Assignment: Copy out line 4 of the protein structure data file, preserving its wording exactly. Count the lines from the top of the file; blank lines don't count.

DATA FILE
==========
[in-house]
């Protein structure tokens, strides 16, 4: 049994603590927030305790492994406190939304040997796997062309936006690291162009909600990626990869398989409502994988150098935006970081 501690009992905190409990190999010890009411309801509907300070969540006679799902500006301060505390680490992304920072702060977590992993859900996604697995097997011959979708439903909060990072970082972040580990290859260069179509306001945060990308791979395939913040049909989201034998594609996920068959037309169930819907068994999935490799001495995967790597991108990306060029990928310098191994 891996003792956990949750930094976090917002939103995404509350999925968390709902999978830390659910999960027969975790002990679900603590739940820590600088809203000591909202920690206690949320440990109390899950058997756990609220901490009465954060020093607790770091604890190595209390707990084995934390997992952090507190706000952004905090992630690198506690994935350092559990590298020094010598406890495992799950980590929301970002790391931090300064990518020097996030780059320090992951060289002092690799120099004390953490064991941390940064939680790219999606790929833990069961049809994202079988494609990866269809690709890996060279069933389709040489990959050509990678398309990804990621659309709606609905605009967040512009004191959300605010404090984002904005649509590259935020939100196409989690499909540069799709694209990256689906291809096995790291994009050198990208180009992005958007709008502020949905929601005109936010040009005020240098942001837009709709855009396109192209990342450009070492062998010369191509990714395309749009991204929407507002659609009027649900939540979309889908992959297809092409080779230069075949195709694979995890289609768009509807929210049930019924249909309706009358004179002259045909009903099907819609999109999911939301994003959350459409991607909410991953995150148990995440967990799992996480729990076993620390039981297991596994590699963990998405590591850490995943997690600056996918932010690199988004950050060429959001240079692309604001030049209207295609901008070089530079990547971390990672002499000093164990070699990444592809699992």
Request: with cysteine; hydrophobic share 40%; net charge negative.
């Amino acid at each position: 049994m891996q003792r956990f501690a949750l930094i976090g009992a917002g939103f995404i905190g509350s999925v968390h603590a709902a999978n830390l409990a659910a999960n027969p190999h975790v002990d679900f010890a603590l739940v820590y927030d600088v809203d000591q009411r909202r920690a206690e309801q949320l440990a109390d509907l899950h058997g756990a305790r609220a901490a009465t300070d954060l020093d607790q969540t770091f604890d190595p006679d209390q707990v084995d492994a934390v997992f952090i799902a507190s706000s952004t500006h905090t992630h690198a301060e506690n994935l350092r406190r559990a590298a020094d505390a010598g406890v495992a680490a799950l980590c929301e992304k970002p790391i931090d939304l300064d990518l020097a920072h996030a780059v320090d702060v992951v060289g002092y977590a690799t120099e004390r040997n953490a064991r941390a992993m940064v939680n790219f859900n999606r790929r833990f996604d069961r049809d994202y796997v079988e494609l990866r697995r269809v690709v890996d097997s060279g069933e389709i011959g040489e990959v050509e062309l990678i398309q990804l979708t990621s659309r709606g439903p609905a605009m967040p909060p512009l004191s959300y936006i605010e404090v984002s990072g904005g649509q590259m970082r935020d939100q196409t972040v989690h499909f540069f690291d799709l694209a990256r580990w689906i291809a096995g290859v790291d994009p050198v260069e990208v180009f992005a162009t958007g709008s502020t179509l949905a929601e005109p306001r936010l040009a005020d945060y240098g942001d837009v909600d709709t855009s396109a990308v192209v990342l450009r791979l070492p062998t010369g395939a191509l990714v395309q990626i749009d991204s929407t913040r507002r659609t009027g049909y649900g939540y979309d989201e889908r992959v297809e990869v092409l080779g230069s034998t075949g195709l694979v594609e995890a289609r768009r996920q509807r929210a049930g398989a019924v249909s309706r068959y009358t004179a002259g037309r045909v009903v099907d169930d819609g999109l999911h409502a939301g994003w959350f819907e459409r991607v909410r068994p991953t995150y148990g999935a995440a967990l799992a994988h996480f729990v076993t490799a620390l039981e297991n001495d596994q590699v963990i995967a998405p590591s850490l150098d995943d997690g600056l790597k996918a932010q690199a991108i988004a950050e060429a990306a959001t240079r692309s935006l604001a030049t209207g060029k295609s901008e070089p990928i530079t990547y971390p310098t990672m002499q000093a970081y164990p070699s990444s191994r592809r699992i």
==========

């Amino acid at each position: 049994m891996q003792r956990f501690a949750l930094i976090g009992a917002g939103f995404i905190g509350s999925v968390h603590a709902a999978n830390l409990a659910a999960n027969p190999h975790v002990d679900f010890a603590l739940v820590y927030d600088v809203d000591q009411r909202r920690a206690e309801q949320l440990a109390d509907l899950h058997g756990a305790r609220a901490a009465t300070d954060l020093d607790q969540t770091f604890d190595p006679d209390q707990v084995d492994a934390v997992f952090i799902a507190s706000s952004t500006h905090t992630h690198a301060e506690n994935l350092r406190r559990a590298a020094d505390a010598g406890v495992a680490a799950l980590c929301e992304k970002p790391i931090d939304l300064d990518l020097a920072h996030a780059v320090d702060v992951v060289g002092y977590a690799t120099e004390r040997n953490a064991r941390a992993m940064v939680n790219f859900n999606r790929r833990f996604d069961r049809d994202y796997v079988e494609l990866r697995r269809v690709v890996d097997s060279g069933e389709i011959g040489e990959v050509e062309l990678i398309q990804l979708t990621s659309r709606g439903p609905a605009m967040p909060p512009l004191s959300y936006i605010e404090v984002s990072g904005g649509q590259m970082r935020d939100q196409t972040v989690h499909f540069f690291d799709l694209a990256r580990w689906i291809a096995g290859v790291d994009p050198v260069e990208v180009f992005a162009t958007g709008s502020t179509l949905a929601e005109p306001r936010l040009a005020d945060y240098g942001d837009v909600d709709t855009s396109a990308v192209v990342l450009r791979l070492p062998t010369g395939a191509l990714v395309q990626i749009d991204s929407t913040r507002r659609t009027g049909y649900g939540y979309d989201e889908r992959v297809e990869v092409l080779g230069s034998t075949g195709l694979v594609e995890a289609r768009r996920q509807r929210a049930g398989a019924v249909s309706r068959y009358t004179a002259g037309r045909v009903v099907d169930d819609g999109l999911h409502a939301g994003w959350f819907e459409r991607v909410r068994p991953t995150y148990g999935a995440a967990l799992a994988h996480f729990v076993t490799a620390l039981e297991n001495d596994q590699v963990i995967a998405p590591s850490l150098d995943d997690g600056l790597k996918a932010q690199a991108i988004a950050e060429a990306a959001t240079r692309s935006l604001a030049t209207g060029k295609s901008e070089p990928i530079t990547y971390p310098t990672m002499q000093a970081y164990p070699s990444s191994r592809r699992i």